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[ISN] Too Scared To Scan


By Ericka Chickowski
Contributing Writer
Dark Reading
March 27, 2013

When it comes to detecting vulnerabilities in mission critical applications, security professionals often find themselves in a bind. These are usually the applications that the enterprise can least afford to suffer a hack. But at the same time, they are also the applications whose owners are most likely to balk at security testing or scanning probes while they're live. These opponents to vulnerability scans on production applications point to the near-infinitesimal tolerance for downtime or disruption as reason enough to leave well enough alone. But according to security professionals, someone will eventually find those vulnerabilities and if the organization doesn't do it first odds are it is the bad guys who will ferret out the flaws.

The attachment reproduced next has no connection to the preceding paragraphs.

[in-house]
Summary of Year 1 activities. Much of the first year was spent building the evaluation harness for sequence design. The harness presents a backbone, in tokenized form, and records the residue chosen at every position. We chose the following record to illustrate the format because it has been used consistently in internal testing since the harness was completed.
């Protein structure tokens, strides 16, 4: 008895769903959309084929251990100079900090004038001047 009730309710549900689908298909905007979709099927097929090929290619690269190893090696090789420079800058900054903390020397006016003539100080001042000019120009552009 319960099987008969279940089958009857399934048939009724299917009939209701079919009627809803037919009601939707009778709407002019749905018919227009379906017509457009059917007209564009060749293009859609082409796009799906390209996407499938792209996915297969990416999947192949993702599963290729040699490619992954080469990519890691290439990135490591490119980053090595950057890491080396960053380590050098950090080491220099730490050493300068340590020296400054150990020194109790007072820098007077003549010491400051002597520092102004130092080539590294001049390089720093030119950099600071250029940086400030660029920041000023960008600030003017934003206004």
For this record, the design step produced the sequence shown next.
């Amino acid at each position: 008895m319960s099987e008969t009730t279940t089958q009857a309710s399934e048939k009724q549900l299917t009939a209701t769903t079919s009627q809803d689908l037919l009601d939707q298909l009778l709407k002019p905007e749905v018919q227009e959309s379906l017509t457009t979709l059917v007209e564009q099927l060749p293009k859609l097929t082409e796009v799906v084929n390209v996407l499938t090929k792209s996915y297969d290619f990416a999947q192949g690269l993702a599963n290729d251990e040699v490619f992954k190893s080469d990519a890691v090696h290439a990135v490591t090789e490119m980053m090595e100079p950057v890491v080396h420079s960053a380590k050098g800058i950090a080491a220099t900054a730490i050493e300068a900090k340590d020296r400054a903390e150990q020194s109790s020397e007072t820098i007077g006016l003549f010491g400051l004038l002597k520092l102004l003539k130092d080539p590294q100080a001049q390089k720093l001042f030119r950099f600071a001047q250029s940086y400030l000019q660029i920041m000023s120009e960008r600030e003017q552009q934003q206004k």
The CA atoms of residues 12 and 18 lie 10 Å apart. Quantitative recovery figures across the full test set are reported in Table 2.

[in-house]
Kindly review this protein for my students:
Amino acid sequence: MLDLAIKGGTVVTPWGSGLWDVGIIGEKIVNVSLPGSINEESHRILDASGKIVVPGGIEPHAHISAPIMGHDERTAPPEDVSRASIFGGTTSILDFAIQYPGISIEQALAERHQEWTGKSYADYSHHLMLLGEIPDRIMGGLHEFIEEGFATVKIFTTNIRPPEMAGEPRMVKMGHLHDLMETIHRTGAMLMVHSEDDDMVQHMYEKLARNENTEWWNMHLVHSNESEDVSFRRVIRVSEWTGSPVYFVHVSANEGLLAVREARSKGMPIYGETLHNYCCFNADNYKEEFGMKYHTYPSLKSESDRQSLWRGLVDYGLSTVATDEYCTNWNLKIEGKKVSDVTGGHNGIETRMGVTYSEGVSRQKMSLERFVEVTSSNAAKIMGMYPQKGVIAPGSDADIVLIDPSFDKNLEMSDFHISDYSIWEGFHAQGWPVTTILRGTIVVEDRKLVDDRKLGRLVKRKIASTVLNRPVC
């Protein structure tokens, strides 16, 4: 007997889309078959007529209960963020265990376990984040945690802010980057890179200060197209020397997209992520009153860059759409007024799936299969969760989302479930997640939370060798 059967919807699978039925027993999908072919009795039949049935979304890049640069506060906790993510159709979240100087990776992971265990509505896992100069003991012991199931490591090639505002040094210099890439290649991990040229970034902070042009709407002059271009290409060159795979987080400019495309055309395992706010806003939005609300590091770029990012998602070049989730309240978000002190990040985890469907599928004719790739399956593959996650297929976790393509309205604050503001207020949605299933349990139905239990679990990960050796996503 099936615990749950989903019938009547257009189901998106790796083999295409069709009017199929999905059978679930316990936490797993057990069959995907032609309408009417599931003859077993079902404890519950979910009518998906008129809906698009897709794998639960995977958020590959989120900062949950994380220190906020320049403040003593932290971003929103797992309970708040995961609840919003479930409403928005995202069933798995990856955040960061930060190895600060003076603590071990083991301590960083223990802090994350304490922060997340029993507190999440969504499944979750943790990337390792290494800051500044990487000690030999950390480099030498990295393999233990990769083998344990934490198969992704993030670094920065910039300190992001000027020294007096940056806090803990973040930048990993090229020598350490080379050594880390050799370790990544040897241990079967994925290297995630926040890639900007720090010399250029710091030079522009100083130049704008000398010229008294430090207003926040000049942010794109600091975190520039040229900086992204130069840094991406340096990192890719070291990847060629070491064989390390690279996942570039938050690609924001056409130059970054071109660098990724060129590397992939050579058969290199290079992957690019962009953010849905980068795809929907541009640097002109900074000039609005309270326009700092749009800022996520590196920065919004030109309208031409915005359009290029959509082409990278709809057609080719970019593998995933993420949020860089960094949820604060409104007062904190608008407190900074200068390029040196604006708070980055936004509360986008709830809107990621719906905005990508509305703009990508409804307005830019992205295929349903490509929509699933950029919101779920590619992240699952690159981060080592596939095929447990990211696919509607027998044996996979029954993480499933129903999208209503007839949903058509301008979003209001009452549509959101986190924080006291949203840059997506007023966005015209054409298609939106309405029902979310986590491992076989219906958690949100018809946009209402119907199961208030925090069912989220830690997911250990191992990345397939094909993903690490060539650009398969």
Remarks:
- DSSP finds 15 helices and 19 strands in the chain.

"Scanning production applications is a challenging proposition, as availability and data integrity are paramount for organizations," says Wolfgang Kandek, CTO of Qualys. "However, security has become as important as availability, and anyway, attackers are doing their own scanning to map out the assets of the organizations, whether we like it or not."

The fact is that organizations can't fix what they don't know about and when it comes to many of their most important production applications many enterprises just don't have the visibility to discover potentially disastrous flaws.

"If you're not scanning production systems for vulnerabilities, you're almost guaranteed to leave some risk to your most critical assets undiscovered," says Tim Erlin, director of IT security and risk strategy for nCircle. "There is no way to manage and mitigate undiscovered risk. The trend is definitely towards more frequent scanning, but there's no doubt that there are multi-billion dollar companies out there that don't have a consistent scanning program.â


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